The WHO’s 16-member expert panel is being “kept in the loop” and could be reconvened at any time to reassess the outbreak.

“Just because of rising numbers in China now this would not automatically trigger an Emergency Committee,” Lindmeier told the briefing.

A declaration would lead to boosting public health measures, funding and resources to prevent and reduce global spread. It could include recommendations on trade and travel, although the WHO generally tries to avoid disruptive trade restrictions.

The Emergency Committee deliberations are secret and its members have been told not to speak about their debate, several WHO officials told Reuters.

WHO chief Tedros Adhanom Ghebreyesus and Chinese President Xi Jinping met in Beijing on Tuesday to discuss how to protect Chinese citizens and foreigners in areas affected by the virus and “possible” evacuation alternatives, Lindmeier said.

China has agreed that the WHO can send international experts there as soon as possible to increase understanding of the new coronavirus and guide the global response to the outbreak, the WHO said at the end of Tedros’ two-day visit.

Some experts believe the Geneva-based health agency is in a difficult position, having drawn fire in the past for acting either too quickly or too slowly.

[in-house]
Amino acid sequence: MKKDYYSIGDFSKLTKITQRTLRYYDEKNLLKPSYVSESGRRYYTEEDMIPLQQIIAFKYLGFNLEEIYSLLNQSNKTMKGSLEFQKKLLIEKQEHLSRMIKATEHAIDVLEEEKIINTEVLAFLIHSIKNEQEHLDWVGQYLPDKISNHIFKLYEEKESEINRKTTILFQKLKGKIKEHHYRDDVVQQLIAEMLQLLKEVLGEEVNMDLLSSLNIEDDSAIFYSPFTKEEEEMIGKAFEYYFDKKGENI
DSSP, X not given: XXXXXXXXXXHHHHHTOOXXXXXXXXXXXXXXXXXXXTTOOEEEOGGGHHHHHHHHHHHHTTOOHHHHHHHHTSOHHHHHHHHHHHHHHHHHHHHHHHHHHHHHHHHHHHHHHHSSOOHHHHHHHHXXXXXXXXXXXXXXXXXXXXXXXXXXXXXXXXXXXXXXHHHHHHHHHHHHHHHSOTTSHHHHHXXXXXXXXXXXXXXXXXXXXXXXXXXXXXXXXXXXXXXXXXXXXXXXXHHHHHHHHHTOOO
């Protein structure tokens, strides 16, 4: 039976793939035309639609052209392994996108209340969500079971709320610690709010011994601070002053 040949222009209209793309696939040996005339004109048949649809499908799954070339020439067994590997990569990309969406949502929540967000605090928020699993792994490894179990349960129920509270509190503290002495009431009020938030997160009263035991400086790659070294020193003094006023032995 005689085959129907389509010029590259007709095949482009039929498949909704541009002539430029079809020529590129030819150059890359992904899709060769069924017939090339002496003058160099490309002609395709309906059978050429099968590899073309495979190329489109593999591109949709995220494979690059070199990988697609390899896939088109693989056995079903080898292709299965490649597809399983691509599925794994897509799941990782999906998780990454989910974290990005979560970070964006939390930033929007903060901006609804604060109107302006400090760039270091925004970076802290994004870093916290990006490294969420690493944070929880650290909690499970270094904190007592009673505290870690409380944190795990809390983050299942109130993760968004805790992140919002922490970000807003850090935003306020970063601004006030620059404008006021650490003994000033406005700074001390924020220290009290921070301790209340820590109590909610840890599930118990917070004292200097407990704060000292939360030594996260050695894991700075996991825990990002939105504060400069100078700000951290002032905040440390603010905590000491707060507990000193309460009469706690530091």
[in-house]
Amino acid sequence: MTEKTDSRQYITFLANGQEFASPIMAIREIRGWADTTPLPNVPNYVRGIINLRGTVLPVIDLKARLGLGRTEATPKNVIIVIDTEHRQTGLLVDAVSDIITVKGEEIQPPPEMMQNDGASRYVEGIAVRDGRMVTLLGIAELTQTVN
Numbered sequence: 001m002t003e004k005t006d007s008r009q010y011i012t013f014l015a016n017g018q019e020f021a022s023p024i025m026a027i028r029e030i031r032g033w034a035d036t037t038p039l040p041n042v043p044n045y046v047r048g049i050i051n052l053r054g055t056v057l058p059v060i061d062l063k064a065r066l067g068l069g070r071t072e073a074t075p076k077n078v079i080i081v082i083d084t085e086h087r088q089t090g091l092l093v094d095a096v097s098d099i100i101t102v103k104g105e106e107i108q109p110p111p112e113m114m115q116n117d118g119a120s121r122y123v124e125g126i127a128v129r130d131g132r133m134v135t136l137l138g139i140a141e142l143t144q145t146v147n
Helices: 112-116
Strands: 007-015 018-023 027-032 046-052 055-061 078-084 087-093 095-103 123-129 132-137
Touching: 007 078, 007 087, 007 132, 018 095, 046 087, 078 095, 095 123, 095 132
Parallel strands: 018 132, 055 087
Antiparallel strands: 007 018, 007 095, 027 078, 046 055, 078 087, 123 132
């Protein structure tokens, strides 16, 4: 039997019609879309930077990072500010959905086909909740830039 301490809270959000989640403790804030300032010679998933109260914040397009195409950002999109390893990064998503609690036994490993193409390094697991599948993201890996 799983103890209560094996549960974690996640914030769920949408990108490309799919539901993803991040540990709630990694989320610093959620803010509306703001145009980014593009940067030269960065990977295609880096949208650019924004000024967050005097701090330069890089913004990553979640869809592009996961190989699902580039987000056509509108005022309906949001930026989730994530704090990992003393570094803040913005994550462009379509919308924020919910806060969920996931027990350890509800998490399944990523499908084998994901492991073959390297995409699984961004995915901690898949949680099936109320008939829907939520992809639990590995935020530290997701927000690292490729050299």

“Essentially the WHO is between a rock and a hard place,” said Jeremy Farrar, an expert in infectious disease epidemics and director of the Wellcome Trust global health charity.


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Volcano in Philippines

Scientists Fear Major Volcanic Eruption in the Philippines

Researchers in the Philippines are monitoring the Taal volcano closely for signs of a major eruption. The volcano’s activity has eased since it began spewing steam and ash more than a week ago, but the threat of a large-scale eruption remains, say scientists. In addition to the immediate risk to life, such an event could contaminate water supplies and disrupt power generation for millions of people, and halt ground and air travel.

At 2:30pm local time on 12 January, Taal — which is on an island about 60 kilometres south of the capital Manila — started ejecting lava and blew a giant plume of rock fragments, known as tephra, up to 15 kilometres high. Ash travelled as far north as Quezon City, some 70 kilometres away, forcing tens of thousands of people living on Taal’s Volcano Island and in nearby provinces to evacuate.

The volcano’s activity has stalled, but this does not mean the worst is over, says volcanologist Mariton Bornas, who heads the division responsible for monitoring and predicting eruptions at the Philippine Institute of Volcanology and Seismology (PHIVOLCS), a government agency in Quezon City, just north of Manila.